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Choosing the right venue

4 min read

What event?
Venue choice will differ depending on the type of event you hold. A conference or seminar will have very different requirements to a gala dinner, as will an exhibition or a team building event.

Working out a budget is important, and keeping to it is vital to delivering a successful event. Your budget will vary depending on the type of event you are having and you should factor in a small amount of leeway for unexpected costs.

When setting a date it is critical to think about the time of year you will be holding your event and any potential clashes. Remembering that if you choose a date close to Christmas or during school holidays, it may be harder to find a venue and you will probably have less people able to attend.

Who is attending?
The number of people attending your event will affect your choice of venue. You want to avoid a situation where the chosen space is too big or small as both can make attendees feel uncomfortable.

Dinner with a group of CEOs will require a different style of venue to a thank you lunch for volunteers, or even a staff party. You need to consider who you are inviting and how your choice of venue will reflect your intentions for the event.

Venue selection will also affect the styling of the event so it is preferable to stipulate a dress code of some kind on your invitations, whether it is: black-tie, lounge suit, cocktail, or casual. Attendees will feel at ease in their surrounds if they have dressed appropriately.

Event objectives
From the outset it is important to establish some event objectives. These will help you to measure the success of your event. Write a list of what results you are looking for and what outcomes are important to you.

Think about what impression you are aiming to give about your organisation at this event. Also consider how you want people to feel about this event, remembering that first impressions are important, and good venue selection will get you off to the right start.

Call venue
So as not to waste time, it is a good idea to outline your requirements with each venue before visiting them in person. If you h ave a date set, then check the venue is available. It is also a good idea to get a floor plan and establish preliminary costs.

Catering for your event may affect your choice of venue. If you require catering, it is best to establish from the outset if the venue can provide this and whether you can conduct a tasting to select the menu prior to the event. Also work out how many wait staff you will require and if the venue can provide these. It is also important to find out if attendees have any dietary requirements and communicate these to the venue as soon as possible.

Transportation can also be addressed over the phone. Enquire as to parking availability and check that the site is close to public transport. If the venue is not centrally located, ask them if they offer any transportation. Keep in mind that if the venue is difficult to get to, it will affect attendance.

Visit venue
If you are satisfied that the venu meets your preliminary requirements, then it will be necessary to conduct a site inspection. Images from the website may be outdated and so it is always best to visit the venue in person to make sure there are no surprises on the day.

When conducting a site inspection, ask to see the area you will be hiring and check that it is what you expect. Also look at how accessible it is, where it is in relation to amenities, and whether you have any concerns about your placement in the venue.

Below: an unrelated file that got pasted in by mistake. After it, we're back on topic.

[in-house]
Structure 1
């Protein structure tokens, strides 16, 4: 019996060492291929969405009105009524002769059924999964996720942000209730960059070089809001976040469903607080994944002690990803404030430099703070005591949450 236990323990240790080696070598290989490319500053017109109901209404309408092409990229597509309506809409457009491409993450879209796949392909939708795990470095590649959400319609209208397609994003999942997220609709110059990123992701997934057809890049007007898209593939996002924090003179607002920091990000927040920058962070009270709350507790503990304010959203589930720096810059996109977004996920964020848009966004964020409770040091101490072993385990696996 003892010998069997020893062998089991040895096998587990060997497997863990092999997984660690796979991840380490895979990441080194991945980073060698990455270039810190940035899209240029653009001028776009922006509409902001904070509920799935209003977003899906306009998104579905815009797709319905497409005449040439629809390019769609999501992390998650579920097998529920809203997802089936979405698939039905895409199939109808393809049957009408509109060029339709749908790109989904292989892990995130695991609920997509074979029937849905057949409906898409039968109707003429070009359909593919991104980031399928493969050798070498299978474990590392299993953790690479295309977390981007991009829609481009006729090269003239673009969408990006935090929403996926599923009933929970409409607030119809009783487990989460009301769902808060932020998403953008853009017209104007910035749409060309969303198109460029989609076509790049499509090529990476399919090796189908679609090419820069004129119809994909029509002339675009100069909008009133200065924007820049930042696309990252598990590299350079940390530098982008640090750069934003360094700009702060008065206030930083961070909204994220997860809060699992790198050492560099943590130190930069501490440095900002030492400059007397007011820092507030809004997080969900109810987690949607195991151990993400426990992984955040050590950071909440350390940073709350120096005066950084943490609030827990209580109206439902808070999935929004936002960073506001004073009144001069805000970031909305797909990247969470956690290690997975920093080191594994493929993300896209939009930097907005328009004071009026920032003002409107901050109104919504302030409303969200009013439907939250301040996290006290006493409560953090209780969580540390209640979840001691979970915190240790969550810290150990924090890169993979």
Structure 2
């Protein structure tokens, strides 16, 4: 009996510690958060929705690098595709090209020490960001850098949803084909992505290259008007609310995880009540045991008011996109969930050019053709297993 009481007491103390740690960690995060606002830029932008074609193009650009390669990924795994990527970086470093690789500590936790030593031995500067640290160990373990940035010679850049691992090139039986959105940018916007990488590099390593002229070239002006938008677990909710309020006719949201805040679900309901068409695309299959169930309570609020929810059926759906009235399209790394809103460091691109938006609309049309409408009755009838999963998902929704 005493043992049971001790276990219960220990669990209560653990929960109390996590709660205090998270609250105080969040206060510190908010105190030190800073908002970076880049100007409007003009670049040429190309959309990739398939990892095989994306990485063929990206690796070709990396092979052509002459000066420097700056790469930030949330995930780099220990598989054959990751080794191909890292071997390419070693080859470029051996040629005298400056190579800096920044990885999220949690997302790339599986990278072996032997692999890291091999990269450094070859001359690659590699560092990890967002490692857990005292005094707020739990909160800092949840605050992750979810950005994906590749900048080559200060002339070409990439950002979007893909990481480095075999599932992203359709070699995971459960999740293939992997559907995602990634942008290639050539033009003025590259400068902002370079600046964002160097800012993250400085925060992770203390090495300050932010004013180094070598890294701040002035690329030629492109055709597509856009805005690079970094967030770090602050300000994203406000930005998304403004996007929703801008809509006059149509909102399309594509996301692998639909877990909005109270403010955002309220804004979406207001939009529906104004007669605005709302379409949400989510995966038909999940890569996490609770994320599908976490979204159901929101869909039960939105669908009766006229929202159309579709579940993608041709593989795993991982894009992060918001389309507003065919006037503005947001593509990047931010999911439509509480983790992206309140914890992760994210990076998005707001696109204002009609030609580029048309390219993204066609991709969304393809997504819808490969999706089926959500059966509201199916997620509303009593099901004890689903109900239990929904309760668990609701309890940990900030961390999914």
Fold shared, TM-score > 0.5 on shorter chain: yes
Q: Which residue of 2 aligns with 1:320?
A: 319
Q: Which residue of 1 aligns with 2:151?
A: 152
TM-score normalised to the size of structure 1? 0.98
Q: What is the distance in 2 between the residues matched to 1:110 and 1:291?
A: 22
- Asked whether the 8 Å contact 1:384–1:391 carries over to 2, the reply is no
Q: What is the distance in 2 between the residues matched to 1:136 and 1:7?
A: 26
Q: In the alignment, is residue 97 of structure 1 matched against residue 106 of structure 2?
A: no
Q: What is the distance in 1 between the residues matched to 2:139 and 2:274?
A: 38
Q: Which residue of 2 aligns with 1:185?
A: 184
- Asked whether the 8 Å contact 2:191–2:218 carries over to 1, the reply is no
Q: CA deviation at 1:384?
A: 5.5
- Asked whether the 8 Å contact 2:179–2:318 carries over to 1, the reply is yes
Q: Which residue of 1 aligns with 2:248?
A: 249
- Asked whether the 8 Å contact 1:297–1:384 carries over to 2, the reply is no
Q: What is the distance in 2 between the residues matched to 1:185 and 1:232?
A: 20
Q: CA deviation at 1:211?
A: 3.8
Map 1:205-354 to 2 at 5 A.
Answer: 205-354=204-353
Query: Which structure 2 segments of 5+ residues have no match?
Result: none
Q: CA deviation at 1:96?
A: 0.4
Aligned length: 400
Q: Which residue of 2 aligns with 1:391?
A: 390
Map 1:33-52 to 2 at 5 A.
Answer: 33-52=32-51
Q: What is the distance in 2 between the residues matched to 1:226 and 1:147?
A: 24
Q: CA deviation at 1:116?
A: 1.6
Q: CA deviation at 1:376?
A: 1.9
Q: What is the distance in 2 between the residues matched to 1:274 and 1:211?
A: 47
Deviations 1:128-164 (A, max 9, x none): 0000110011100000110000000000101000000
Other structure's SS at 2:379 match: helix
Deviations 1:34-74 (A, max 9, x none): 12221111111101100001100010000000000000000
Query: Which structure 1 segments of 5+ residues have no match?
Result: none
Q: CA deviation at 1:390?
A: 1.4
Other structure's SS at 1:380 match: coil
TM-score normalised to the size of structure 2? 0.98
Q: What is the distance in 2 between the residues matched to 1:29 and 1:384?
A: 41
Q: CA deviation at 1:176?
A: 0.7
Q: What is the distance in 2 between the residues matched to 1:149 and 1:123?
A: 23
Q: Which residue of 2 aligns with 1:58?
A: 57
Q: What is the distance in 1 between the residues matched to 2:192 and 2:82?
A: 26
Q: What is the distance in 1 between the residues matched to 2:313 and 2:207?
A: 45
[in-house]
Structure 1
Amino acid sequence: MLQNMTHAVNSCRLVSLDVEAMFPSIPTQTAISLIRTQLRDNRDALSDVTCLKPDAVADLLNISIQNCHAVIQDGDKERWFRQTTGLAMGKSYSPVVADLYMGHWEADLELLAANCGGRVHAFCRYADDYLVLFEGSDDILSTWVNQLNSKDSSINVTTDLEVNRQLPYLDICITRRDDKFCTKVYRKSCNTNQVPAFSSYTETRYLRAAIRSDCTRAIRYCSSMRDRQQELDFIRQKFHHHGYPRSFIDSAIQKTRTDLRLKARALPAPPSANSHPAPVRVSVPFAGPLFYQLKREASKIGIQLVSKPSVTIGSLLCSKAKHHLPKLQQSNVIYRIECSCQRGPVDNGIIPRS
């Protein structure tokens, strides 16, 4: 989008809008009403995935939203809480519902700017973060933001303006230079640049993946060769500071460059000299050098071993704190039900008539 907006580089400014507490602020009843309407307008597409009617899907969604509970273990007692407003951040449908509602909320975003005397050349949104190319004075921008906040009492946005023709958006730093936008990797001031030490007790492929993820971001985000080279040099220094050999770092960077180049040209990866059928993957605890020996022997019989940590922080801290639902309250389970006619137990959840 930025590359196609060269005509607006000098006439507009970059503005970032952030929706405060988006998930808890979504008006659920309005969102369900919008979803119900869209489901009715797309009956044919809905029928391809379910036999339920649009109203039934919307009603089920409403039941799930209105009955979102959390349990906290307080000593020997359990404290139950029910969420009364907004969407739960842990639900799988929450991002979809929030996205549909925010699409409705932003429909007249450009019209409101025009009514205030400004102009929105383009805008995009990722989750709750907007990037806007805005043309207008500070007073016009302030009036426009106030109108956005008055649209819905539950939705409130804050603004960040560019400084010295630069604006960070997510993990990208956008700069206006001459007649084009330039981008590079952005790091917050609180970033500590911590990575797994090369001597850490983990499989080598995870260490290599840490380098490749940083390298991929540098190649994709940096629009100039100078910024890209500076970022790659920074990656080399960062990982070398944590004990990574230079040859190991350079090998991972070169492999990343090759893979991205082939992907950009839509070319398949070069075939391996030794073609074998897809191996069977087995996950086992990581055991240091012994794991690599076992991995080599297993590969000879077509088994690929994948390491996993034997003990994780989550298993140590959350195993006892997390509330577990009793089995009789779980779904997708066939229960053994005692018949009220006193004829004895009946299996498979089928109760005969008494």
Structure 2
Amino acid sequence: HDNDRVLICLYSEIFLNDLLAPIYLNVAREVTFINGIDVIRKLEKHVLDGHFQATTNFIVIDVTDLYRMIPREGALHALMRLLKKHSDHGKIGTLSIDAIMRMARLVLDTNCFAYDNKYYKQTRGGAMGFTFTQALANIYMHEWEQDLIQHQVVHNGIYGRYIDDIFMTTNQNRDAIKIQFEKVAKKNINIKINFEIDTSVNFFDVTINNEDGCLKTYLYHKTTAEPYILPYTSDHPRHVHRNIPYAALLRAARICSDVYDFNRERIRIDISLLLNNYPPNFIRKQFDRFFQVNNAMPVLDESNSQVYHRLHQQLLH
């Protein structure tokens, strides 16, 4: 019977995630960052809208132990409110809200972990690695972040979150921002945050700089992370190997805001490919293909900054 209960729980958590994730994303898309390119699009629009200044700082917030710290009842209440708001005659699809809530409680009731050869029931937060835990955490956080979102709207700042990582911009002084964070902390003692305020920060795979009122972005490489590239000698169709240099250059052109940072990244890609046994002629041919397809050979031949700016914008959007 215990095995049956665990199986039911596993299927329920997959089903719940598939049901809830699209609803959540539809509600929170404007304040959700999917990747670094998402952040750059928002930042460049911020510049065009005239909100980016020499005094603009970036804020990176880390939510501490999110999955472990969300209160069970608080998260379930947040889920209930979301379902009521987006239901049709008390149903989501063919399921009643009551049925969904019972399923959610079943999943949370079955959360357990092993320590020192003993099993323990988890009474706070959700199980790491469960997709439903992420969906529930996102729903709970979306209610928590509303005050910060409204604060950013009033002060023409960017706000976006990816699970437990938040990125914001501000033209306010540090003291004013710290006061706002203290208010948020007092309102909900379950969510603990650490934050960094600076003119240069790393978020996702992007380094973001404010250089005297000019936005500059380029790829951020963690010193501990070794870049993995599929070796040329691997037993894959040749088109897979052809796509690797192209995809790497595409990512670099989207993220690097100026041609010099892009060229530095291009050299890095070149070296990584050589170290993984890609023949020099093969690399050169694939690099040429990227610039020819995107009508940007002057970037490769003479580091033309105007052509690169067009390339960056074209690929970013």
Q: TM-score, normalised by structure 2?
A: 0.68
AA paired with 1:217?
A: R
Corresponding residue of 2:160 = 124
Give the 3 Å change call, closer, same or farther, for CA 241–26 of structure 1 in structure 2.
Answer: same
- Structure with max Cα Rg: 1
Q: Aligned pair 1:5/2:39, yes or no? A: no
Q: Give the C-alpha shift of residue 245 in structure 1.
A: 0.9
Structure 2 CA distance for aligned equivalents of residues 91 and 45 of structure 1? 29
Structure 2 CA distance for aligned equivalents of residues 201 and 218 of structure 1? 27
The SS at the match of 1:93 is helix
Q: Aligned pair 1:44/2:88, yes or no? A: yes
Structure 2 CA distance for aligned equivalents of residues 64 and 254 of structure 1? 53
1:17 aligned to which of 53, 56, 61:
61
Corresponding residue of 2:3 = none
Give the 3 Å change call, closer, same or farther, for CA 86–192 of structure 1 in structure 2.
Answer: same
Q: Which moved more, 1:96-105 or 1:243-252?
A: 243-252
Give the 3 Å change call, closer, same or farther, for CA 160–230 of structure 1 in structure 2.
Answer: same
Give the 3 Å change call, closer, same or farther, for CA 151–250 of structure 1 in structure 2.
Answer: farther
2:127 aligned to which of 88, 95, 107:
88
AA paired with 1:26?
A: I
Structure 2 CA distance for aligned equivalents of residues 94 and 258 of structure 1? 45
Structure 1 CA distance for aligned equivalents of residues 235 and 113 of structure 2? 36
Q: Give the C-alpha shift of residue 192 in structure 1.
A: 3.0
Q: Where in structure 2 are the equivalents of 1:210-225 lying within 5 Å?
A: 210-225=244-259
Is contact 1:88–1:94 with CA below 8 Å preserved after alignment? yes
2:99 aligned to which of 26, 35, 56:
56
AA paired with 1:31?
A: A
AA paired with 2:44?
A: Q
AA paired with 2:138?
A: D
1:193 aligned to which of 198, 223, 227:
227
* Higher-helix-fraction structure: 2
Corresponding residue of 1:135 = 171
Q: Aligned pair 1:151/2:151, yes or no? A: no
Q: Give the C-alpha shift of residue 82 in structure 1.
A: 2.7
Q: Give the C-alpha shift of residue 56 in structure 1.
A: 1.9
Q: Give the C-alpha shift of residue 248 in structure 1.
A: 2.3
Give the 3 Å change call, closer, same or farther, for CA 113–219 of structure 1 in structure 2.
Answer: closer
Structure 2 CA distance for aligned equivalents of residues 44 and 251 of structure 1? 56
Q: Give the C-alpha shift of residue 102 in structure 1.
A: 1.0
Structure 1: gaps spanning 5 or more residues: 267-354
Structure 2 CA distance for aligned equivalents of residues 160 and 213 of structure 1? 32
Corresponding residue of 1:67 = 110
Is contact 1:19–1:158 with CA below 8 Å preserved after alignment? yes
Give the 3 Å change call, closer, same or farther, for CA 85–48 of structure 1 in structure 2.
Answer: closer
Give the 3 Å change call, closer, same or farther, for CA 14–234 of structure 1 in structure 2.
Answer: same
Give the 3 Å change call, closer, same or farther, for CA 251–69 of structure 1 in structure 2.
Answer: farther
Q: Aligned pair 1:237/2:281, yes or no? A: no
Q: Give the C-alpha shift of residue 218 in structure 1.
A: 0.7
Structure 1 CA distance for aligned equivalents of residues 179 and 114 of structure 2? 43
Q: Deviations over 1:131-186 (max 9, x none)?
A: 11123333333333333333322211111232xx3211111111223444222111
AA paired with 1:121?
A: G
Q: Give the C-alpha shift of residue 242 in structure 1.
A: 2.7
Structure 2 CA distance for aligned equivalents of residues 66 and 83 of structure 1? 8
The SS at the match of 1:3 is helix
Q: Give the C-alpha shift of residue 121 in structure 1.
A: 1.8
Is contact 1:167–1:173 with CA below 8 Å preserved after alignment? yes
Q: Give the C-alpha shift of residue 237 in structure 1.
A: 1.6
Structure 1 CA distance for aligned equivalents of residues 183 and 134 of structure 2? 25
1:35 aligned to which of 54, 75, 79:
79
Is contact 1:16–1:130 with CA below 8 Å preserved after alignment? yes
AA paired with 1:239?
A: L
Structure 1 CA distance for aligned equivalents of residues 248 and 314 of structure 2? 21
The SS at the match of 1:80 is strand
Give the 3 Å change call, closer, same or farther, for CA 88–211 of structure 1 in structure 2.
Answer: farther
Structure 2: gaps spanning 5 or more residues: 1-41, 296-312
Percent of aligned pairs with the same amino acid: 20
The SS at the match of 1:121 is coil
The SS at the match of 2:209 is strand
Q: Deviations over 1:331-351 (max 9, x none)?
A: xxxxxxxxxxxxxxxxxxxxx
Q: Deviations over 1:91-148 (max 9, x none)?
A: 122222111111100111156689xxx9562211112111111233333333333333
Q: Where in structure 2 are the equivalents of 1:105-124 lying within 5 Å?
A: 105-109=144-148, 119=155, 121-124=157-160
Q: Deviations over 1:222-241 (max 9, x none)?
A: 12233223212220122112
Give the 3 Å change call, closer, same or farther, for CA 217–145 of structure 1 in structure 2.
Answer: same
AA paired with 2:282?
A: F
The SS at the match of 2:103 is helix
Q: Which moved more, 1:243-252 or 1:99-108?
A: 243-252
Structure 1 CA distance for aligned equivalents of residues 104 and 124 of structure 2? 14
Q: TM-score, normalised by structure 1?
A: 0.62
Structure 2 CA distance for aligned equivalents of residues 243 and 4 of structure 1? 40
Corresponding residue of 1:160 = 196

If you are staging an outdoor event, you will need to consider a wet weather option, so ask the venue what contingency plans they have in place, do they have marquees that they can erect or a room you can utilise.

Production elements
Depending on the event, you may require technical assistance, and while many venues will offer packages, it is important to ask whether equipment will be included. If it is not included, ask if there is a preferred supplier or if you can bring your own.

You may also need a green room for speakers and entertainment, a dance floor, or space for an auction or fashion parade, so it is important to run this by the venue prior to committing.

Establish who your main point of contact from the venue will be and whether they will be there at the time of the event. You can also ask this person if signage is permitted, what power is available, and any other questions that might arise as you continue planning.

Lock it in
Before committing to a venue, double check that the venue is appropriate for the type of event you are holding and the people attending. At this point, run through your event objectives and ask yourself whether this is the venue that will help you to achieve these.

Ask for references; if friends and colleagues have used the venue in the past, ask them how they found it. These people will give you honest feedback and help you make an informed decision.

Make it special
Once the production elements are finalised and you have locked in the venue, it is time to look at what is required to make this event a ‘special event’.

When you enter the room, try to picture if from the guest’s point of view. First of all consider the ‘threshold’ view – the first impression when you walk through. From there you can work out what elements are needed, i.e. props, singage, table dressing and staging.

Getting these elements right will set the mood for the event.

Final tip: confirm all details in the lead up to your event in writing!

Convention & Visitors Bureau
You might have some venues in mind, but if not then a handy resource is the Convention & Visitors Bureau in each state. These organisations will be able to assist you in your venue search:

  • ACT:
  • NSW:
  • VIC:
  • QLD:
  • WA:
  • NT:
  • TAS:
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